It’s the communications, dummy
I follow a few Kashmir activists on Twitter and a theme that has been coming up a lot lately is Indian Hindus and secularist Muslims lecturing Indian Muslims (and Muslims in the Indo-Pak diaspora) that they should stop calling Ramadan ‘Ramadan’ and use the Indo-Persian rendering, ‘Ramazan’ or ‘Ramzan’ which has been what the sacred month has traditionally been called in India. This is usually accompanied by a moan about Arabisation of Indian Muslim culture and the effect of Gulf finance and supposed Wahhabi sectarianism. Others accuse Zia-ul-Haq, the Pakistani dictator from the early 1980s, of imposing “Arab culture” in Pakistan, as if this could have had significant impact on India which is a much bigger country which no longer has significant traffic with Pakistan due to political hostility. Here’s an example from an Indian Washington Post columnist:
One wonders why people care about how followers of a religion they do not believe in pronounce names from their religion, but the answers lie in control and purity. If Indian Muslims are practising Islam in a way more influenced by Arab than Indian custom (even though they already regard Islam itself as an alien imposition), it gives the impression that they are not really committed to Indianness, to Indian culture, to loyalty to India rather than to Muslims around the world. To ‘liberal’ Hindus it represents the rise of youthful radicalism; to reactionary ones it proves what they believed all along: that Muslims really do not identify with India and have no place in India.
There is some parallel with the way women who wore the modern headscarf were treated in some Arab secular regimes and by writers hostile to Islam or ‘Islamism’. The new headscarf was seen as a symbol of Islamist ideology; it was not the association with patriarchy that was objected to but the sign of dissent to the ideology of the state. In Tunisia, where from the 1980s onwards the government repressed the wearing of hijab because they deemed it a symbol of ‘backwardness’ and of opposition to the regime, the traditional veil known as the safsari was permitted, yet this was a more restrictive garment that had to be held in place by hand. Patriarchy and restrictions on women’s liberty were fine by them as long as they were by themselves.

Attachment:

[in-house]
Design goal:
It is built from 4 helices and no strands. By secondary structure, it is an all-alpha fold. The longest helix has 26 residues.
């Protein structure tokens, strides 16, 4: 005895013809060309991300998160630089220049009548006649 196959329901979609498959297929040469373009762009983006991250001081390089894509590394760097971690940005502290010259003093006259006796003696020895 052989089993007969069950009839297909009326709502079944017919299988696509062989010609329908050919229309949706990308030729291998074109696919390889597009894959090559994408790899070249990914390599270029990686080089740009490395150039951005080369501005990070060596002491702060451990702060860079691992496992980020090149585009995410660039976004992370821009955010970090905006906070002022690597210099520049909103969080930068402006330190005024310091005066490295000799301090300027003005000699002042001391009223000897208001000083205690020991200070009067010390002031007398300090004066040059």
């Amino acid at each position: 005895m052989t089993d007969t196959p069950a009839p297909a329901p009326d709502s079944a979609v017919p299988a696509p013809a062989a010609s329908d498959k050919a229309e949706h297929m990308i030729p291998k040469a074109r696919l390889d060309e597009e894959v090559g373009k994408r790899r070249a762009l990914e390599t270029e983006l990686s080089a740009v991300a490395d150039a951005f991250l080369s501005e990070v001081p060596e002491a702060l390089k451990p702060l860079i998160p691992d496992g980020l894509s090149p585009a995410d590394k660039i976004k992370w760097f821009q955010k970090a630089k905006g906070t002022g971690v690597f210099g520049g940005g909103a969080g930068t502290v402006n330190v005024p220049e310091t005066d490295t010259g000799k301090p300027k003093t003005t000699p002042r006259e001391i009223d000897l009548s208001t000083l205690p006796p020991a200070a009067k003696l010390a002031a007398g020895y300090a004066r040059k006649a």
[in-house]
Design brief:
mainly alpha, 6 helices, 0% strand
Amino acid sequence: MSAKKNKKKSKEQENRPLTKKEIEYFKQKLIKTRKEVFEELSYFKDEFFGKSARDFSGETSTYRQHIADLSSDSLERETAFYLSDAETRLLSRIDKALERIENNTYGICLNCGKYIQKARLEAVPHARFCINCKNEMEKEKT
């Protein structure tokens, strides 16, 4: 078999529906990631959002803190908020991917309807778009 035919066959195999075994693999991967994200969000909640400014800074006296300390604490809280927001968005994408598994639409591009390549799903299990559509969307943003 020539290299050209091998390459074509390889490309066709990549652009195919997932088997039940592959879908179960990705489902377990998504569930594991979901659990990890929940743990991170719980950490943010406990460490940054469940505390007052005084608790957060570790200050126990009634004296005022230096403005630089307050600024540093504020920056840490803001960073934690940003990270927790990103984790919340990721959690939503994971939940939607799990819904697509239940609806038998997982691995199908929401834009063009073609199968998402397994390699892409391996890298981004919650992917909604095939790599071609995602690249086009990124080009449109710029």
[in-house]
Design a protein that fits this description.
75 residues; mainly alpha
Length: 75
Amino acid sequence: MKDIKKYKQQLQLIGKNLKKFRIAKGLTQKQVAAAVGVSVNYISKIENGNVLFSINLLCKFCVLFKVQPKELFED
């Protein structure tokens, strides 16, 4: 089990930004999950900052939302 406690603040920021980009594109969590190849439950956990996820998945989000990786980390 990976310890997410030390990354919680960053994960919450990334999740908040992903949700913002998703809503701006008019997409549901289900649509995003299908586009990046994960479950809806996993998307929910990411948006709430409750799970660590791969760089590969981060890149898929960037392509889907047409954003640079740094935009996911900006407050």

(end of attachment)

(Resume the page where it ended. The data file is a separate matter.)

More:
In truth, the spread of Arab pronunciations of words like ‘Ramadan’ has more to do with improved communications than with any ideology or religious movement. Indian Muslims until the 19th century rarely met an Arab Muslim until they went to Hajj which the majority were never able to do; Arabs came as traders and sometimes visiting scholars but rarely otherwise. Today, many Muslims (as well as others) go to work in the Gulf as well as in Europe and America where Persianisms such as ‘Namaz’ and ‘Ramazan’ are not normal. They gained their knowledge from local scholars who were not native Arabic speakers. Today, Muslims all over the world (at least the middle class and up) have access to satellite TV, the Internet, books and magazines published in their own language as well as English and Arabic and are aware of ways of practising Islam that are not the same way they do, and sometimes they learn that the way they do things is not the right way or at least not the only way. For example, it is surely no coincidence that the decline of practices such as FGM in parts of Africa where most people are Muslims has followed the opening-up of those countries to communication with Muslims outside who do not do these things and never have done. Before that, as in India, nobody except scholars and itinerant traders had contact with the outside world.
The irony is that ‘Ramazan’ is not the only ‘native’ way of pronouncing ‘Ramadan’ in India. In many places (such as in Bengal) it is pronounced ‘Ramajan’ (and the salaat or ritual prayer, known as namaz elsewhere in India, is ‘namaj’). ‘Ramazan’ is the north-east Indian Persian ‘court’ term. To anyone literate in Arabic, the idea that four Arabic letters with different pronunciations might all be rendered as ‘Z’ does not make sense, especially in a country where other Arabic sounds that are also not native there, such as qaf and ghayn, are prounounced more or less correctly; if you are praying with Arabs who are not of the Hanafi school of thought, they will regard your prayer as invalid if you mangle words like “dhaalleen” in the Fatiha. So, while it’s only to be expected that Hindu nationalists will carp at Muslims for embracing correct Arabic pronunciations (or something close to it), I do not see an honest reason for Muslims to do so. Why would you not want Muslims to embrace the language of the Qur’an and our Prophet, sall’ Allahu ‘alaihi wa sallam?
Possibly Related Posts:
- We can’t blame ‘Wahhabis’ for everything
- Don’t call us haters
- Dear Muslims, stop cringing
- Shamima Begum: should she be allowed back?
- Should we cut ties with Saudi Arabia?